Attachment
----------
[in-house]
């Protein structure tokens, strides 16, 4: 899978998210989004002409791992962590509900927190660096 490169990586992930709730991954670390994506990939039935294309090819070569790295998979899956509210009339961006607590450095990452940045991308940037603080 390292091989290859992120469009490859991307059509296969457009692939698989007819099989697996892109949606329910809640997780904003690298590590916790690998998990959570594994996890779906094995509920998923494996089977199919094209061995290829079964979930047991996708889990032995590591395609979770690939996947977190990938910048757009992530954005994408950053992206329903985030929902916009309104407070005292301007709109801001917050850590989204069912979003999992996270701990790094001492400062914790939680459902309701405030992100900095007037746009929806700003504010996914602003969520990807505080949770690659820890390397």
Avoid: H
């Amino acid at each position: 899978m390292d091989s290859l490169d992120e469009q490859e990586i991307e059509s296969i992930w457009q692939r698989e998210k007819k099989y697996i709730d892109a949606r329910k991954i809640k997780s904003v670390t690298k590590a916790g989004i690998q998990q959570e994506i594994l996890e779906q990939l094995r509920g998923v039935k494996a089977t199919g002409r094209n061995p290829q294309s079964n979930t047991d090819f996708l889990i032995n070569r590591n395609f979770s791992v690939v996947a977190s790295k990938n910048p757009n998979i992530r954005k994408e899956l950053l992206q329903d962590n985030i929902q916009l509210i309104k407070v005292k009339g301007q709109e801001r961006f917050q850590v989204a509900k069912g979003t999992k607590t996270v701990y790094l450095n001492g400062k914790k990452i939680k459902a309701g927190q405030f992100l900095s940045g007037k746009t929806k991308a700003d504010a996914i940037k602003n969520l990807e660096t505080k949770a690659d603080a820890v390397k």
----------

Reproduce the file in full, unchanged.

[in-house]
């Protein structure tokens, strides 16, 4: 899978998210989004002409791992962590509900927190660096 490169990586992930709730991954670390994506990939039935294309090819070569790295998979899956509210009339961006607590450095990452940045991308940037603080 390292091989290859992120469009490859991307059509296969457009692939698989007819099989697996892109949606329910809640997780904003690298590590916790690998998990959570594994996890779906094995509920998923494996089977199919094209061995290829079964979930047991996708889990032995590591395609979770690939996947977190990938910048757009992530954005994408950053992206329903985030929902916009309104407070005292301007709109801001917050850590989204069912979003999992996270701990790094001492400062914790939680459902309701405030992100900095007037746009929806700003504010996914602003969520990807505080949770690659820890390397």
Avoid: H
């Amino acid at each position: 899978m390292d091989s290859l490169d992120e469009q490859e990586i991307e059509s296969i992930w457009q692939r698989e998210k007819k099989y697996i709730d892109a949606r329910k991954i809640k997780s904003v670390t690298k590590a916790g989004i690998q998990q959570e994506i594994l996890e779906q990939l094995r509920g998923v039935k494996a089977t199919g002409r094209n061995p290829q294309s079964n979930t047991d090819f996708l889990i032995n070569r590591n395609f979770s791992v690939v996947a977190s790295k990938n910048p757009n998979i992530r954005k994408e899956l950053l992206q329903d962590n985030i929902q916009l509210i309104k407070v005292k009339g301007q709109e801001r961006f917050q850590v989204a509900k069912g979003t999992k607590t996270v701990y790094l450095n001492g400062k914790k990452i939680k459902a309701g927190q405030f992100l900095s940045g007037k746009t929806k991308a700003d504010a996914i940037k602003n969520l990807e660096t505080k949770a690659d603080a820890v390397k």